In 1853, a German anthropologist
(specifically, one then called an "Orientalist") named Max Müller
suggested an explanation for the similarity between the languages of India
, and other parts of Europe. Further, his idea claimed to give a reason for the difference in features and skin color
between the peoples of Northern and Southern India. If true, it would also lend credence to the nationalistic ideas of European racial/cultural superiority that were beginning to circulate in Germany
and elsewhere at the time -- and yes, one Adolf Hitler
would later go on to push these ideas to their illogical extreme. It would also legitimize the ever greater role of leadership that Britain
was taking in India.
Müller proposed that between 2000 and 1500 B.C.E., the Arya, a light-skinned race of horse-riding central Asian invaders, pushed West through Northern India, and then on in to Southern Europe. In so doing they had conquered the already-present Dravidian inhabitants of India, who had by that time built Harappa, Mohenjo-Daro, and other large cities. Also, their language and racial features would've entered the areas they passed through, and spread further in the next few centuries before the classical Greek civilization. For evidence of invasion conflicts in the Rig Veda and other Vedic literature were cited, as well as the massed bodies discovered in a few ancient excavated cities. For evidence of the non-Aryan nature of the preexisting culture, the absence of horses and lack of Vedic gods were noted. Finally, the central Vedic theme of a war between the powers of light and darkness -- common to hundreds of other mythologies the world over -- was interpreted to mean a war between light and dark skinned peoples.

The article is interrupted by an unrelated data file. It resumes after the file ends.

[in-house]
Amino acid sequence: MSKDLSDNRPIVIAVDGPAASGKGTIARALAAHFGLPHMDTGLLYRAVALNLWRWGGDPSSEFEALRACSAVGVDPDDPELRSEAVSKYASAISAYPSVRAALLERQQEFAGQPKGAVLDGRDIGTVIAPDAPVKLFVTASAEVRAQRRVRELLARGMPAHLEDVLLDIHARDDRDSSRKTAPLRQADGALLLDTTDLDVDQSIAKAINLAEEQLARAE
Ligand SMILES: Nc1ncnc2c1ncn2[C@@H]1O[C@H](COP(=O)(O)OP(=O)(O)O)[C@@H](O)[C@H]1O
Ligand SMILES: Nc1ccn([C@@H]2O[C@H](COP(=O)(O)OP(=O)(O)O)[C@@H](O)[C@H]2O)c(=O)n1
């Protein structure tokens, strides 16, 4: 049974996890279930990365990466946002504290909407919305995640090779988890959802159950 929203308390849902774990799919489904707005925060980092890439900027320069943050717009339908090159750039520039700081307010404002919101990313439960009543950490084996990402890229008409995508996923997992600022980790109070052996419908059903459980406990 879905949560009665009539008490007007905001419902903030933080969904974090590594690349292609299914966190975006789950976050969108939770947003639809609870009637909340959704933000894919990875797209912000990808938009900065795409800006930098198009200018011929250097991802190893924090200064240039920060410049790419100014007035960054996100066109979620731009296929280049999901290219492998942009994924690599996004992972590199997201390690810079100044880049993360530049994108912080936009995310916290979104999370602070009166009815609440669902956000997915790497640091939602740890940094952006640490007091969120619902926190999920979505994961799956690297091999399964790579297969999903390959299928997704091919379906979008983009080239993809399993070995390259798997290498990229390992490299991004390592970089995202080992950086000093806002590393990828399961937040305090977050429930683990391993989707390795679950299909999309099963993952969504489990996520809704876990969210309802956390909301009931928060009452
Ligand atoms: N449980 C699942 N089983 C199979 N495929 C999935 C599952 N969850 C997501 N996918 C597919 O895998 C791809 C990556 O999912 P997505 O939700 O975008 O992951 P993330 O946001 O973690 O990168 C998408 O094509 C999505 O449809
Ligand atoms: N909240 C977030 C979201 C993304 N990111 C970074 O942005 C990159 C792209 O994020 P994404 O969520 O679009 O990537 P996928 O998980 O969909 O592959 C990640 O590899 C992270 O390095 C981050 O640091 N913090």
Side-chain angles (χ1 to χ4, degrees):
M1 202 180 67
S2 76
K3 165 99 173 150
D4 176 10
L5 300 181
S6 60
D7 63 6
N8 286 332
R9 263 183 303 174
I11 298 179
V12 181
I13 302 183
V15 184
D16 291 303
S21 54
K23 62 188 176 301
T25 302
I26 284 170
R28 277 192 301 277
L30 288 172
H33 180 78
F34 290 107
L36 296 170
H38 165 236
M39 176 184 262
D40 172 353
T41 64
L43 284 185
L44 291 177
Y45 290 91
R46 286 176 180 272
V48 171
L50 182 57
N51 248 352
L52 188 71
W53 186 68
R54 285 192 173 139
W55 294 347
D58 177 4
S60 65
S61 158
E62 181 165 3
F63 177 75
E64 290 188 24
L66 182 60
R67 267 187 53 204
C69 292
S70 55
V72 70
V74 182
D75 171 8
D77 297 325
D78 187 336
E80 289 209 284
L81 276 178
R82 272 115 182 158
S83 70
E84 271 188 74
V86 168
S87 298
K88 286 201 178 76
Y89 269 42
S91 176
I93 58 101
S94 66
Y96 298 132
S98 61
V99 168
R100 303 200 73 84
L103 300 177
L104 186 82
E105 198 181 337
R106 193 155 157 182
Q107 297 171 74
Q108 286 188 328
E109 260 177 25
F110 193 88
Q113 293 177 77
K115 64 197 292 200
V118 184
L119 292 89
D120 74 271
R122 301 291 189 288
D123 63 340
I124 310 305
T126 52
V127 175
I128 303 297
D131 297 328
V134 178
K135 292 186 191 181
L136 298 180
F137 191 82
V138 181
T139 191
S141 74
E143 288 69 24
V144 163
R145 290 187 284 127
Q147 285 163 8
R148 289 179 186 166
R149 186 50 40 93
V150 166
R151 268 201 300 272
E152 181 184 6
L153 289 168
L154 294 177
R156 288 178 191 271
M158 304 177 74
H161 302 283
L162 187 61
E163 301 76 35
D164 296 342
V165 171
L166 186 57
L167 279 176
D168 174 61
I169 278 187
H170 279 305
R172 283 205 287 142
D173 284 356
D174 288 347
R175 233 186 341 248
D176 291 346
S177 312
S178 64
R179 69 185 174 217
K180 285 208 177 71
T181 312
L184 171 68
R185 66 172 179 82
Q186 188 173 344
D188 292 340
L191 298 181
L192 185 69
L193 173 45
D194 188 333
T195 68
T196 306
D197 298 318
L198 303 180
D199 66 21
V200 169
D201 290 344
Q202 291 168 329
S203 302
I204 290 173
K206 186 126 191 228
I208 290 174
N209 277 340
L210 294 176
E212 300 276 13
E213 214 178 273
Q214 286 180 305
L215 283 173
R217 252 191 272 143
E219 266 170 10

Interestingly, Müller also pointed out that in the Sanskrit Vedic literature the prefixes Ar- and Arya- denote a person of high caste, a nobleman or righteous person -- the very image a conquering race would have of itself. This same root shows up elsewhere as well. For instance, the ruler of Persia had the title of Shahenshah Arya Mehr, meaning King of Kings, Light of the Arya. Iran, Persia's name in the twentieth century, comes from the same root, as does that of Ireland, of all places.
It has turned out, over the course of the past hundred years or so, that the Aryan invasion theory is more-or-less likely to be entirely false. For one, the Vedic culture is continuous throughout Northern and Southern India, without enough difference between what the supposedly invaded areas practice and what the "native Dravidian" areas practice for the former to have spread purely culturally to the latter. Plus, upon further excavations, horse skeletons and ironwork have been found in Dravidian settlements abandoned before any of the given dates for the Aryan invasion. Vedic literature also contains reference to places within India as holy places, including seven holy cities and rivers as well as a few places of pilgrimage; were the literature written by outsiders, the likelihood is much more that the holy sites would have been outside of the conquered territory. Finally, radiocarbon dating of the bones found in the Harappan cities shows them to have died sometime before 2000 B.C.E., before the Aryan invasion was guessed to have happened. More strikingly, this dating coincides with the collapse of the Akkadian society, and societies in Palestine and Egypt -- in other words, a global climatic change was probably responsible for them all. Put together, the evidence points for a continuous occupation of India by those who consider themselves in their own literature to be Aryans.
Unfortunately for Indian culture, the Aryan invasion theory is still being taught at least as a reasonable possibility in the school system left over from the country's colonial period. In 1997 a scholar named Dr. Natwar Jha discovered1 the translation key to the old script of the Harappan civilization, which was assumed until then (in accordance with the Aryan invasion theory) to be a Dravidian script related to modern Tamil. As it turns out, the script is much closer to an ancient form of Sanskrit, which puts yet another nail in the invasion theory. Hopefully, with Jha's discovery, the Indus valley civilization will finally be accepted throughout the world as the predecessor to modern Indian culture.
1. Gritchka says Jha's decipherment may not be very credible at all. This is probably true -- the whole AIT issue is a subject of charged debate on both sides, adding a manifold increase to the probablility of distorted facts.